Often moving in flocks and squawking in unison, the rose-ringed parakeet is a loud presence in NUS. Sporting a bright green plumage, orange beak and blue-tipped tail, males also have an added pink collar around their neck in their third year.

The rose-ringed parakeet was introduced to our green spaces as escaped pets. Native to the Indian subcontinent and northern Southeast Asia, it is a resilient bird that has thrived even in locations as far as Europe!

A bird that you might hear before you see, the rose-ringed parakeet has been spotted on sunny mornings at FASS’ Lovers’ Park and along the walkway between Blocks AS6 and AS8 grabbing its breakfast.

Yellow-vented Bulbul (Pycnonotus goiavier)

One of the most common birds in Singapore’s many green spaces besides the mynah, the yellow-vented bulbul is an easy spot with its black eye-mask, olive-brown back and wings and most strikingly, yellow undertail.

An unfussy fellow, the yellow-vented bulbul has been observed to feed on a variety of small fruits and insects. In addition, it can sometimes be seen carrying strips of man-made waste like plastic bags and tissue paper to be used as nesting material. You might have heard its distinct chirps before, without knowing that it was the yellow-vented bulbul, but now you can keep an eye out for them too! Spot them in shrubs and trees around campus, such as the patch of greenery right outside NUS Press at Block AS3.

Changeable Lizard (Calotes versicolor)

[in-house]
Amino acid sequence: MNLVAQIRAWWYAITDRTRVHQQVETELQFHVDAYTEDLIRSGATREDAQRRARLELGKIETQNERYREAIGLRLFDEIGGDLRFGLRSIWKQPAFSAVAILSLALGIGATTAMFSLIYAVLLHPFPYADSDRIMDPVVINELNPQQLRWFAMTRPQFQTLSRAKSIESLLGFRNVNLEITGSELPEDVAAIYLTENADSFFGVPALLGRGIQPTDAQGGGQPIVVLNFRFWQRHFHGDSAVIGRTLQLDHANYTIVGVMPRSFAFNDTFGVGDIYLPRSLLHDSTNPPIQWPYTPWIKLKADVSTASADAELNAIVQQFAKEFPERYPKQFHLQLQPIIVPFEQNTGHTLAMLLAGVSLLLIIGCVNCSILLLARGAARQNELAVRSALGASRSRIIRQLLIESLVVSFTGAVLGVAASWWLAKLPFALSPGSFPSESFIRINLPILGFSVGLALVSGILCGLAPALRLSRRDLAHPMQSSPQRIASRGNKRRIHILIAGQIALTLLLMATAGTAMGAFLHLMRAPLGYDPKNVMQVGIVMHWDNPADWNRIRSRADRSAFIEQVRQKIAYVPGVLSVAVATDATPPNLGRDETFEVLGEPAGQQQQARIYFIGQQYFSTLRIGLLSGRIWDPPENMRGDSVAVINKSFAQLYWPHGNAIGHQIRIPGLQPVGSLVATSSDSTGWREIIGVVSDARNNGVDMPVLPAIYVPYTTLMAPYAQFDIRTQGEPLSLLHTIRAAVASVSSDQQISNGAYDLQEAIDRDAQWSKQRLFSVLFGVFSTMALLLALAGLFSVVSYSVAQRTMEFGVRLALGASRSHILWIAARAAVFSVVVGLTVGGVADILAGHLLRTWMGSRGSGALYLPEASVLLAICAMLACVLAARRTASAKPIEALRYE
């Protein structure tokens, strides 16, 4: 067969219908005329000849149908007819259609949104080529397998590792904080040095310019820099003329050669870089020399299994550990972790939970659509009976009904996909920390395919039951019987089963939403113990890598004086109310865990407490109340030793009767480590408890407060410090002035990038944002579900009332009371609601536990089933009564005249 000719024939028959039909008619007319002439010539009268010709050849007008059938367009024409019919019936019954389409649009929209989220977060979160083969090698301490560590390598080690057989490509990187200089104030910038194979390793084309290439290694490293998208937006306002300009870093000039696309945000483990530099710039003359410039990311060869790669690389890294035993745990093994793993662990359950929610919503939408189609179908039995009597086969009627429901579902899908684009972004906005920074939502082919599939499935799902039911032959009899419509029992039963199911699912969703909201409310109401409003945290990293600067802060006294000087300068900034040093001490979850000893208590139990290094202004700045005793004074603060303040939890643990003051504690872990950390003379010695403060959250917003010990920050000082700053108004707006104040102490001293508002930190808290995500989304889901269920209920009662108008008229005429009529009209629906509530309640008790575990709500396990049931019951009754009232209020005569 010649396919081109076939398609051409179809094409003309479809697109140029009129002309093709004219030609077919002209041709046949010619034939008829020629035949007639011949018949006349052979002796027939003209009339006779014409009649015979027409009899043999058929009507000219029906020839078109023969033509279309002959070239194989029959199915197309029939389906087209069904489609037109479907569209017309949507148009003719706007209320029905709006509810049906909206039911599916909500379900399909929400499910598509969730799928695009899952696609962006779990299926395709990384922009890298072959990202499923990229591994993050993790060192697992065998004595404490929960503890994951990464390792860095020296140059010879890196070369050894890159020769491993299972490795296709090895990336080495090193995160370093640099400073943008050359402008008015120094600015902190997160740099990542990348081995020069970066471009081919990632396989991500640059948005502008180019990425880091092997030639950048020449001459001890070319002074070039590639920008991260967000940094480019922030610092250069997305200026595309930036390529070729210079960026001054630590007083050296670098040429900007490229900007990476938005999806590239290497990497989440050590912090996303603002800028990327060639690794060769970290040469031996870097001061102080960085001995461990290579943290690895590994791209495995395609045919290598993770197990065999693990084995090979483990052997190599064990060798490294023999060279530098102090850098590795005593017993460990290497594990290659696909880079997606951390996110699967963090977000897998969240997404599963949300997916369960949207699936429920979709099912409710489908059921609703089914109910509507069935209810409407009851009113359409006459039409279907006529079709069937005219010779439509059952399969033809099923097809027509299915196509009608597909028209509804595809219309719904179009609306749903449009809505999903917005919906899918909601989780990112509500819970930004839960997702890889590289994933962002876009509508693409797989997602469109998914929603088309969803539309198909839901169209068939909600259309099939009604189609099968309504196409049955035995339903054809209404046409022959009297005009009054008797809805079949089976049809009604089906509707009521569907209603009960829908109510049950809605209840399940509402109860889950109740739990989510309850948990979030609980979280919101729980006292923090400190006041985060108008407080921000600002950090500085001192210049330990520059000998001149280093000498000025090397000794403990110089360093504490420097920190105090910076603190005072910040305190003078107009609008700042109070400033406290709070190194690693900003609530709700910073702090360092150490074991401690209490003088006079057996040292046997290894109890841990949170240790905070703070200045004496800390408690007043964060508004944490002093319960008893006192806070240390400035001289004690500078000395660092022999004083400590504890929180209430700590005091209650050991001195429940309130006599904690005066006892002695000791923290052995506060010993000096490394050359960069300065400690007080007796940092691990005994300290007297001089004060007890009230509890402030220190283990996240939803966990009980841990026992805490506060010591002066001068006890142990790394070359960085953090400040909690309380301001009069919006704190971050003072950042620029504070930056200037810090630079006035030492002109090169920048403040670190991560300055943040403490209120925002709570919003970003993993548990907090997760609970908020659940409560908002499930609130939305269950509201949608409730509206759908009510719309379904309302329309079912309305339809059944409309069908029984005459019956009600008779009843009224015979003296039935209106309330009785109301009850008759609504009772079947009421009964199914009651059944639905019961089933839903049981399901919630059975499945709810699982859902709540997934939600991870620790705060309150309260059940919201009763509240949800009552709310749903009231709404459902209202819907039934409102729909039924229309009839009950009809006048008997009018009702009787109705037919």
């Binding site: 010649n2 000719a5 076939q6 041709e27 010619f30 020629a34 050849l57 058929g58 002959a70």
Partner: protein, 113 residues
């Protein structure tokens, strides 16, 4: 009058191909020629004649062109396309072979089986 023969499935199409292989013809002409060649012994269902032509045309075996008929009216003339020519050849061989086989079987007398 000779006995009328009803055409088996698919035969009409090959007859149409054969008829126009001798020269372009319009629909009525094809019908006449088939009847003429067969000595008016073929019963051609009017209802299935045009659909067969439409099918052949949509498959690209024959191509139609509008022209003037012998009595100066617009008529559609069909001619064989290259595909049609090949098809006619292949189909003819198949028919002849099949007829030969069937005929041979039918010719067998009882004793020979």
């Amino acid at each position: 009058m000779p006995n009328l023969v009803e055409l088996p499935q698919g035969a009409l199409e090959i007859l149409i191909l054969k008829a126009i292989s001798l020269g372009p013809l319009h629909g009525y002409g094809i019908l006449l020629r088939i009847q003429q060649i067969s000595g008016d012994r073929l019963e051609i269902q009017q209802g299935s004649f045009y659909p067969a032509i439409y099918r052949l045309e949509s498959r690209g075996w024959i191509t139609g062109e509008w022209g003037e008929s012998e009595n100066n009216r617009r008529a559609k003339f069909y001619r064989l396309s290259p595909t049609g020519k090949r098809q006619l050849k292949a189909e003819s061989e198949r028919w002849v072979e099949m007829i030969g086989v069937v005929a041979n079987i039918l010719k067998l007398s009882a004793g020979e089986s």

Often mistaken for the chameleon, the changeable lizard definitely is not one at all, but that does not stop it from changing its colours when it needs to! Usually brownish to greenish yellow with faint stripes along its body, adult males develop an orange-coloured head and black patches over their cheeks during the mating season.

As common as this rapid reptile is, you might be surprised to know that it is not native to Singapore. It is believed that it was accidentally introduced in the 1980s and has since populated in numbers, aggressively displacing the native green crested lizard (Bronchocela cristatella).

While the changeable lizard is somewhat adept at camouflaging, its timid nature means that you are more likely to find it scurrying away the moment there is a slightest disturbance, rustling up the grass. They can be seen all around campus such as at the FASS Fragrant Plant Garden or outside The Deck canteen.

Oriental Pied Hornbill (Anthracoceros albirostris)

The oriental pied hornbill has certainly made an impactful comeback to Singapore’s shores. Once thought to be locally extinct, the large bird can be identified by its casque atop its beak as well as its black and white plumage.

Along with other “celebrity wildlife” like the otters in Singapore, the oriental pied hornbills’ return to the mainland can be largely attributed to conservation efforts by the National Parks Board, Wildlife Reserves Singapore and the local research community. These efforts include providing sufficient mature trees for hornbills that favour nesting in tree holes.

Spotted across a number of locations in Singapore, NUS is no exception. It has been spotted in University Town and around FASS Block AS1 as well as the trees outside Block AS7, Shaw Foundation Building.

Now that you have met some of the interesting wildlife that have called NUS their home, be sure to keep an eye out for our neighbours in nature between classes! Do appreciate them from a safe distance and refrain from feeding them.